The 400-Word Review: Harriet

The straightforward biopic is a fitting and overdue tribute to Harriet Tubman.


At some point in the next 10 years — pending the continued health and well-being of the Union — Harriet Tubman’s image will replace that of Andrew Jackson on the $20 bill. It will be an insufficient honor for a woman who may well be America’s greatest hero, bar none; a sufficient tribute would be to put her on all the bills and a mountain approximately 1.5 times the size of Rushmore.

The updated currency will also be overdue; it was intended to be in process already, but was delayed in recent years for reasons which are well beyond the scope of this review (and painfully obvious). This is far from the first deferred honor for Tubman, who had to wait until late in her life to collect a soldiers’ pension for her service in the Civil War.

Also among the errant accolades: It took until 2019 for Harriet Tubman to get a biopic.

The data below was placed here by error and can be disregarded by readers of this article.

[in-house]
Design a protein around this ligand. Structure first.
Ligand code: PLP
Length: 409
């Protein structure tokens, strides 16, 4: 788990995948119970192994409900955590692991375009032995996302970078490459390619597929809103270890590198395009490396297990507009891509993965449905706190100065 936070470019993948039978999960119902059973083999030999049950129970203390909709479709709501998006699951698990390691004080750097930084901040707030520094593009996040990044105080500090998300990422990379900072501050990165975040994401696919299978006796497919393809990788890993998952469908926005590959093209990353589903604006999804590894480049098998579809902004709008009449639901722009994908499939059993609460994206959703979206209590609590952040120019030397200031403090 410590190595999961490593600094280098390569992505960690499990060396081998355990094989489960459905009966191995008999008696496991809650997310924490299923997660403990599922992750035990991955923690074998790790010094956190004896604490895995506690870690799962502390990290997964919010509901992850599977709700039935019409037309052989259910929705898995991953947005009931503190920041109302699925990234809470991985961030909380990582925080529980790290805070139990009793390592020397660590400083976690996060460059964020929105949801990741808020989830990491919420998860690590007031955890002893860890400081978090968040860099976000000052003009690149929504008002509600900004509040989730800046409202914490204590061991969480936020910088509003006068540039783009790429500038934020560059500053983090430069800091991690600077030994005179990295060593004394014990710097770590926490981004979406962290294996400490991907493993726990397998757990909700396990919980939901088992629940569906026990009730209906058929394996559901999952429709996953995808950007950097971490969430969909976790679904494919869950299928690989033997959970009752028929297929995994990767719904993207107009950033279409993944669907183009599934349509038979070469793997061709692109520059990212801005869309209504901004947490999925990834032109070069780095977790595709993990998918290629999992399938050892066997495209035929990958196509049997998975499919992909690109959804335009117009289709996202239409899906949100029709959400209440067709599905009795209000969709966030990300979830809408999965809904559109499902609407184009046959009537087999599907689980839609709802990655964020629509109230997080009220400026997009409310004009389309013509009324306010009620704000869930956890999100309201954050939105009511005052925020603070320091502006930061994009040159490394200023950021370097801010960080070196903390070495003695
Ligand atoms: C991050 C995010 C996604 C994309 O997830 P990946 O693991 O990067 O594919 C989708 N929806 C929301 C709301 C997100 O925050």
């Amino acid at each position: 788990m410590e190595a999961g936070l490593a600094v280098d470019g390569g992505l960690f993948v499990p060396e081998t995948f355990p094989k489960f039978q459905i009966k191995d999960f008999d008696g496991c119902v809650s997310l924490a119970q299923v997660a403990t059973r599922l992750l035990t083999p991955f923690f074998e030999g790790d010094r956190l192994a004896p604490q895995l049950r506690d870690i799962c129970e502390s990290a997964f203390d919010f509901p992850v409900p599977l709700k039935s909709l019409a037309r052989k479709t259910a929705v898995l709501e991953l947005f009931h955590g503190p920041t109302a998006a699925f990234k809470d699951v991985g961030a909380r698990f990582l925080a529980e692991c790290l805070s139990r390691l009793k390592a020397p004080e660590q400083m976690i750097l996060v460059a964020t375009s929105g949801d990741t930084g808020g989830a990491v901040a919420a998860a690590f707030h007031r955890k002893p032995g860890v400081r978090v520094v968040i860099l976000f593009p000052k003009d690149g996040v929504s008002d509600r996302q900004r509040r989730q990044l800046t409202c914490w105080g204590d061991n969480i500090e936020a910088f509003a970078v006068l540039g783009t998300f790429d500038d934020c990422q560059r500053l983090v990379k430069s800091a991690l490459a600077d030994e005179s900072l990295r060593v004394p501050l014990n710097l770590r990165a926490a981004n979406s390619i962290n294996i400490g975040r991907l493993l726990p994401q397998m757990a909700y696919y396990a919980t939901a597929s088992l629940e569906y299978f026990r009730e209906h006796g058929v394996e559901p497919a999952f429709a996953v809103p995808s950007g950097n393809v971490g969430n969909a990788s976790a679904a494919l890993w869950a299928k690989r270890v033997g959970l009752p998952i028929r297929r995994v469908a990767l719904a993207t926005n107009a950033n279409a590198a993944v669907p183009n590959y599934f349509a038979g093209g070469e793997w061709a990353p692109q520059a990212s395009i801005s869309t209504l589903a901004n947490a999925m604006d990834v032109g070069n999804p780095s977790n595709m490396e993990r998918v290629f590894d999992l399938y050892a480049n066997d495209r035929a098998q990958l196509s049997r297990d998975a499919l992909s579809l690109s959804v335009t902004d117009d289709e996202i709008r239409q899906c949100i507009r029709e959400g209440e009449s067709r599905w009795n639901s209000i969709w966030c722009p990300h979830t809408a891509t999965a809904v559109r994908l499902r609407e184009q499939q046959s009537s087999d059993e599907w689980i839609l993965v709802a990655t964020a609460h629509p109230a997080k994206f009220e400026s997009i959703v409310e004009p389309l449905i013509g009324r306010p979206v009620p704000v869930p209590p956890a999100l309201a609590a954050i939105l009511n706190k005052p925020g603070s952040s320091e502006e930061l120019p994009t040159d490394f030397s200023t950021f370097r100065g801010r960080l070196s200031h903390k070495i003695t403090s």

“Harriet,” a straightforward biography from director Kasi Lemmons, is disinterested in a novel or innovative approach to the format; those looking for a fresh take on the plotting or pacing in such a picture will not find one here. To quibble over that objection, however, is to miss the point: Harriet Tubman’s story is too important for clever presentation.

It simply needs to be stated, loudly and clearly. In the voice of star Cynthia Erivo, that’s what “Harriet” offers. Erivo’s portrayal is commanding, vibrant and moving; her Tubman is more human than historical portrayals often manage to be and yet appropriately mythic in stature.

The story sweeps from Tubman’s final days before escaping from bondage to the midst of the Civil War, spending most of its time on her early work as a “conductor” on the Underground Railroad. Much of the film is harrowing, but it’s more suspenseful than violent; while plenty of films put their protagonists on a flight for danger, Harriet deftly depicts a heroine who barely escapes, then immediately — and repeatedly — returns to fight.

“Harriet” creates a clear villain in the form of Gideon Brodess (Joe Alwyn), a plantation owner’s son who grew up alongside Tubman and became her master after his father’s death. The presence of a motivated foil gives the film drive, but Tubman’s story is far greater than one enemy. It works well enough as a movie, but is far better as a reminder and a tribute.

My Rating: 8/10

“Harriet” opens in wide release on Friday, Nov. 1.

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